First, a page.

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Tag: Garlic Injection

Kazuki Yoshimi cleared of any violations

by on Oct.25, 2009 @ 2:34 am, under NPB
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There was a press conference on Saturday to announce that Kazuki Yoshimi's "garlic injections" were not against doping rules set forth by the league.

League medical chairman Atsushi Masujima said, "There was justifiable cause for the use of injections."

According to the medical reports that were submitted to the NPB by the Chunichi Dragons, the doctor that examined Yoshimi had a medical reason for giving Yoshimi garlic injections and that the injections weren't necessarily provided as a means to help boost his energy.

Masujima added, "He did receive similar treatments on a number of separate occasions, but it was not something that was happening on any frequent / regular basis."

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An update on the Kazuki Yoshimi situation

by on Oct.24, 2009 @ 1:43 am, under NPB
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The NPB issued a request sometime on Thursday or Friday to see Kazuki Yoshimi's medical records and the Dragons complied on Friday by submitting Yoshimi's records from the period of time that he received the garlic injections.

This Sponichi article also carries the following explanation:

According to the NPB medical committee, "energy shots" are only allowed if their use can be medically justified.  That requires the following:

  1. a medical record that was maintained by a doctor for the treatment in question; and
  2. the treatment involved medical supplies accepted under the [Japanese] Pharmaceutical Affairs Law.

If a player is found to be breaking the anti-doping rules, as set forth by the medical committee, the player in question will be suspended (the length is dependent upon the severity and comes in four levels).  If it is found that a team helped a player break the anti-doping rules, the team in question can be fined up to 10M yen.  Players and teams do have the right to file a petition if they feel that the ruling is incorrect.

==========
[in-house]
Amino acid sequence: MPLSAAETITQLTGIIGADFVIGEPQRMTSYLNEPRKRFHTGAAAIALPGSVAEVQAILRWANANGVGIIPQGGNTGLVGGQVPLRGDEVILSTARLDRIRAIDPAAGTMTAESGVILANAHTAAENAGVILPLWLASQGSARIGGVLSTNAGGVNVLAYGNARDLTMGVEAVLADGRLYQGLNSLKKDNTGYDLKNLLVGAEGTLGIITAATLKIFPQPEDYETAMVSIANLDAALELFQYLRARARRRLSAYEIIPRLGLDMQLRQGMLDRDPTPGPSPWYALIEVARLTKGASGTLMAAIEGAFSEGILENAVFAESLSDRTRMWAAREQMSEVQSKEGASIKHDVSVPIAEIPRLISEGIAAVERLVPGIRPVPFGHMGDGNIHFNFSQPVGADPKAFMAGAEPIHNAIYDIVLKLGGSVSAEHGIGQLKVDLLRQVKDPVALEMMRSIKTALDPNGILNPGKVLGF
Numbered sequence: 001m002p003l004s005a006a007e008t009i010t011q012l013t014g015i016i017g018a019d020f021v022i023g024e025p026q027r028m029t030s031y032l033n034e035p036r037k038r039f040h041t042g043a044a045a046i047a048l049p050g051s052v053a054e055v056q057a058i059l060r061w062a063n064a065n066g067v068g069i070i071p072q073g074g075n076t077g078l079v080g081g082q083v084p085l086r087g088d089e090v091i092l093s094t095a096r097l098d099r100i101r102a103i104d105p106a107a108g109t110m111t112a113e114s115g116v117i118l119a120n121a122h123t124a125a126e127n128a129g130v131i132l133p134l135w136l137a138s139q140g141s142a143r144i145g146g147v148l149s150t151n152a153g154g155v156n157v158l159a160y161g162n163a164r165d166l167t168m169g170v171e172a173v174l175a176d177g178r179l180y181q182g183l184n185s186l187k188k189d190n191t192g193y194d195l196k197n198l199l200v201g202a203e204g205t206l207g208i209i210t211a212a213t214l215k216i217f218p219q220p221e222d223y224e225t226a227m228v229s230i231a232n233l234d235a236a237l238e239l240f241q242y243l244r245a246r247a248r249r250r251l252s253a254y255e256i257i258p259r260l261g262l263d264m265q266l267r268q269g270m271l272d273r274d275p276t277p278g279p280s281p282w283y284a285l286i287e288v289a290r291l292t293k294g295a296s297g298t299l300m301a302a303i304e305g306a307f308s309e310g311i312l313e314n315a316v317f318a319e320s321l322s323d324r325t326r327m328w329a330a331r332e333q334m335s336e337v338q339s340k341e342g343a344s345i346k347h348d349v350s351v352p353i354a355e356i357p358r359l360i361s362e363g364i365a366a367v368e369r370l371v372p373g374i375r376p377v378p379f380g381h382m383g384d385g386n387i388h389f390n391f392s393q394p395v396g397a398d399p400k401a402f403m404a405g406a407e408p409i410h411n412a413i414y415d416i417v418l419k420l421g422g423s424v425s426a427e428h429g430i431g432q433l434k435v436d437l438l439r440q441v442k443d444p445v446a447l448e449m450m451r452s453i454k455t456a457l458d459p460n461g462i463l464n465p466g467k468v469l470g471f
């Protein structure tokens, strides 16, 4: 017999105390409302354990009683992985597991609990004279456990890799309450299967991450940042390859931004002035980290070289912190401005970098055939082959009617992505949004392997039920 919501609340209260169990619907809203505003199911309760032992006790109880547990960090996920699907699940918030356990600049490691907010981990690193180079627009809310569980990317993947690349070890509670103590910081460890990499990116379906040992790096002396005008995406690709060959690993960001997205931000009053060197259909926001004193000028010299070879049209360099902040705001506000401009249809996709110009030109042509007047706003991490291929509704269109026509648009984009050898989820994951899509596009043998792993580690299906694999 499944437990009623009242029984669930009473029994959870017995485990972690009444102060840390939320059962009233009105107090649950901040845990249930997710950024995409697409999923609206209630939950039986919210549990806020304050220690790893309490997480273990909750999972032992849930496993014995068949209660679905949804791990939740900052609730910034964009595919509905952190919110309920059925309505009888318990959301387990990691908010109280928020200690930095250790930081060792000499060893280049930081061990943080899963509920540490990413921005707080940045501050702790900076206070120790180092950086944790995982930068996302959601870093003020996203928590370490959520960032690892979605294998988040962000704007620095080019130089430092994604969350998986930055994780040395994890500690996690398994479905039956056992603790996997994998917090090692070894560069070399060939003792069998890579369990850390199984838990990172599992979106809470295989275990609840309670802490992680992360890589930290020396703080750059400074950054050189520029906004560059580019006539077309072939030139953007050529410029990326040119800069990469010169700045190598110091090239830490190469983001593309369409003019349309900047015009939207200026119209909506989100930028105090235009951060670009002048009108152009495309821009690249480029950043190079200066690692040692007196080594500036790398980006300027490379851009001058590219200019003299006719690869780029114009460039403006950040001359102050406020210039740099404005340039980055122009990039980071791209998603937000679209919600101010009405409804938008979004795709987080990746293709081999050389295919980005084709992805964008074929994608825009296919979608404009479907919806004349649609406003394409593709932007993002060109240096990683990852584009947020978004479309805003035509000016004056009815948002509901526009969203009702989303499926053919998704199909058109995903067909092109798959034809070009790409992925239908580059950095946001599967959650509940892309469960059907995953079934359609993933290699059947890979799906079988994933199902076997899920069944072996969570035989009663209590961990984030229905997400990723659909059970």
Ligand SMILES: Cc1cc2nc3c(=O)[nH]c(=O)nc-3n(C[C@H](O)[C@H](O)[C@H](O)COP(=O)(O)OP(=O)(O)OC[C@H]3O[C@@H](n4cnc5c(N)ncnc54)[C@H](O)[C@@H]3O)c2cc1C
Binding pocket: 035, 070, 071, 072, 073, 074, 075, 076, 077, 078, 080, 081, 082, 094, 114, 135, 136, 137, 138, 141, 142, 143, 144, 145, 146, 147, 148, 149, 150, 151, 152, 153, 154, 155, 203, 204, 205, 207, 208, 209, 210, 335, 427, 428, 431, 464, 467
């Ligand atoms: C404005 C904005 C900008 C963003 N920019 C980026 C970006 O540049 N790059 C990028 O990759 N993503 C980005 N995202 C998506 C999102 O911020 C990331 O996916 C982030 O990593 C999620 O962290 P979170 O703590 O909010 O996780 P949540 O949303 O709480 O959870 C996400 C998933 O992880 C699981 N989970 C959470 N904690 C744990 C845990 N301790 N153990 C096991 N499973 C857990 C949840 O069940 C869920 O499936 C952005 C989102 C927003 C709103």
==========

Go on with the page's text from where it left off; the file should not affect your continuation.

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Kazuki Yoshimi caught getting a “garlic injection”

by on Oct.23, 2009 @ 2:27 am, under NPB
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The NPB caught wind of some information that Chunichi Dragons pitcher Kazuki Yoshimi might be doing something against the anti-doping rules set forth by the league.

What are "garlic injections?"

To put it simply, injections that usually include vitamins B1, B2, and glycogen.

Why are they called "garlic injections?"

There's a garlic smell that comes from the sulfur contained in vitamin B1.

These shots aren't all that special in Japan and most anyone can get them at a clinic or hospital for anywhere between 1,000 to 3,000yen.

Upon further review, it seems Yoshimi was getting "garlic injections" throughout the course of the season to help combat his fatigue levels.

While garlic injections aren't banned by the NPB specifically, the act of getting any thing intravenously (how these injections are given), without a justifiable medical reason, is.

The question here is whether or not Yoshimi had a medical condition that required the IV.

League medical chairman Atsushi Masujima said, "We hear he wasn't feeling well and that the team doctor gave him IV drips at the clinic inside [Nagoya Dome].  To that end, I've submitted a request to examine his medical chart to see what the reason was."

Unless the league finds something suspicious of Yoshimi's actions, he's free to continue playing.

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